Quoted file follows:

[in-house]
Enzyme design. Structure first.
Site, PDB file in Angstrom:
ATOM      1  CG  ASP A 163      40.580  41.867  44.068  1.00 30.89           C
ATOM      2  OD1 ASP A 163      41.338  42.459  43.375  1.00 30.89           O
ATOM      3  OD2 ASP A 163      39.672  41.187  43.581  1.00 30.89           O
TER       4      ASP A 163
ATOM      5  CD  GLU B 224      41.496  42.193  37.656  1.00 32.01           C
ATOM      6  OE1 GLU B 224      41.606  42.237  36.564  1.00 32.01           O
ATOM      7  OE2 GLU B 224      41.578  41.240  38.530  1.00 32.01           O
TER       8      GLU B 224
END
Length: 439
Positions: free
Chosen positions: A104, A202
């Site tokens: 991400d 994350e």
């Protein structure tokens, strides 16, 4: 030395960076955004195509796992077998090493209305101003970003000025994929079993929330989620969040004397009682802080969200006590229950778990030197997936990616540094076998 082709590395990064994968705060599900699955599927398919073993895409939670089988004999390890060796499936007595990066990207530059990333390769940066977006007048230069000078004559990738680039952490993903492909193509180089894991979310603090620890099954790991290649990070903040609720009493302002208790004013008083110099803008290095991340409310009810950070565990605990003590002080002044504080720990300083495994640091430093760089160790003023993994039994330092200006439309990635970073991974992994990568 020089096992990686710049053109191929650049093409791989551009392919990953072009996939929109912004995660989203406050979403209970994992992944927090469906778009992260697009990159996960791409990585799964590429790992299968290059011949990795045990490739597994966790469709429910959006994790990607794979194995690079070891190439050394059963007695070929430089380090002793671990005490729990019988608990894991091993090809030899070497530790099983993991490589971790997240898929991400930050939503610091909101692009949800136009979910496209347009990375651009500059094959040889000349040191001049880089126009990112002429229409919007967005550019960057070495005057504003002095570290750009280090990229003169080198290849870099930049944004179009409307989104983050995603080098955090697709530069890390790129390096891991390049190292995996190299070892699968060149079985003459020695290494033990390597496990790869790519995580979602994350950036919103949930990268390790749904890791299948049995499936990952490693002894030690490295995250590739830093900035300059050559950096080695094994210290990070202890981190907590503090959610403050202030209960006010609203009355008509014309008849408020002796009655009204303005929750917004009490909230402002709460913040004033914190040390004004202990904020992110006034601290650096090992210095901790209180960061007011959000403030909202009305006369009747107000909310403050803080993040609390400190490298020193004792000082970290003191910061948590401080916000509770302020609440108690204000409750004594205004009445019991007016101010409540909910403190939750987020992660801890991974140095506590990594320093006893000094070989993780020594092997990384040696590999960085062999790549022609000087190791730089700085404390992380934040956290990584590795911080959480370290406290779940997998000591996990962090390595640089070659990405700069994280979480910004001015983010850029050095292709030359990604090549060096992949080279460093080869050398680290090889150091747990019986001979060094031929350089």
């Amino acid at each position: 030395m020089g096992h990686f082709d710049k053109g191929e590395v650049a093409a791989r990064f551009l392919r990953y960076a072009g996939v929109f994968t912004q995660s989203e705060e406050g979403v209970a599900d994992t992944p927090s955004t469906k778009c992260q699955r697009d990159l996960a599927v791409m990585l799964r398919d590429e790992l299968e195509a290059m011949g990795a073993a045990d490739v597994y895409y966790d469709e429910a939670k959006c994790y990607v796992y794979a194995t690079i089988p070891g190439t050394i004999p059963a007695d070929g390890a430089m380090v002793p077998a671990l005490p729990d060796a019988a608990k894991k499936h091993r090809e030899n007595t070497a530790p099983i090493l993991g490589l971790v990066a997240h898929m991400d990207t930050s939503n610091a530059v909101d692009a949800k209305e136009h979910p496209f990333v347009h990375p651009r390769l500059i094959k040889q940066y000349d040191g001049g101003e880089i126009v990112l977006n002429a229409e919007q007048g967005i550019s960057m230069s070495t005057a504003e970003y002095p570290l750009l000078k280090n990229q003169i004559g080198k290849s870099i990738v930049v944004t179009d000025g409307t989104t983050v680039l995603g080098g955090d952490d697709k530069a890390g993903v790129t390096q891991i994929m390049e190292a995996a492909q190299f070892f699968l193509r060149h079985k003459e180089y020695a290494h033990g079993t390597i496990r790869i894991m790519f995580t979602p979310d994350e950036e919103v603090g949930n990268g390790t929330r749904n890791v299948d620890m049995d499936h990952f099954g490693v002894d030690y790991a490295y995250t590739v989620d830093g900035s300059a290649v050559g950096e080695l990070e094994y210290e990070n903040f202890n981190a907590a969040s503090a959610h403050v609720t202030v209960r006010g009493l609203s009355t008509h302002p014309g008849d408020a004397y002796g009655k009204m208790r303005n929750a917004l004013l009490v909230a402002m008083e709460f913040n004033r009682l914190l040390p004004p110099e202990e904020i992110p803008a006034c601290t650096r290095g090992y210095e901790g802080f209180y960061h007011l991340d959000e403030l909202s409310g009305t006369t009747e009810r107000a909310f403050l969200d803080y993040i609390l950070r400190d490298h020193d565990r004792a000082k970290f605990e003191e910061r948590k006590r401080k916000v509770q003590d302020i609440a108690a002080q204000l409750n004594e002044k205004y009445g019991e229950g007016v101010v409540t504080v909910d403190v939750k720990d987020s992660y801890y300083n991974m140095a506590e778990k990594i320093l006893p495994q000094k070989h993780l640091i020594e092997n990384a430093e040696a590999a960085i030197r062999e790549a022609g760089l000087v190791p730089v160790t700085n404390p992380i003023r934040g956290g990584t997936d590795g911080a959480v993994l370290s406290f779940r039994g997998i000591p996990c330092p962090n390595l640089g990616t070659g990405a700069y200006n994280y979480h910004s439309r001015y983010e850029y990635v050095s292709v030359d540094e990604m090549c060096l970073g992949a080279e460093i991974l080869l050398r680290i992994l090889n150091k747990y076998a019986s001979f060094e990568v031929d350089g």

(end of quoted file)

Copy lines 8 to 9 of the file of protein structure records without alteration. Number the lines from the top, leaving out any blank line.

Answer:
ATOM      5  CD  GLU B 224      41.496  42.193  37.656  1.00 32.01           C
ATOM      6  OE1 GLU B 224      41.606  42.237  36.564  1.00 32.01           O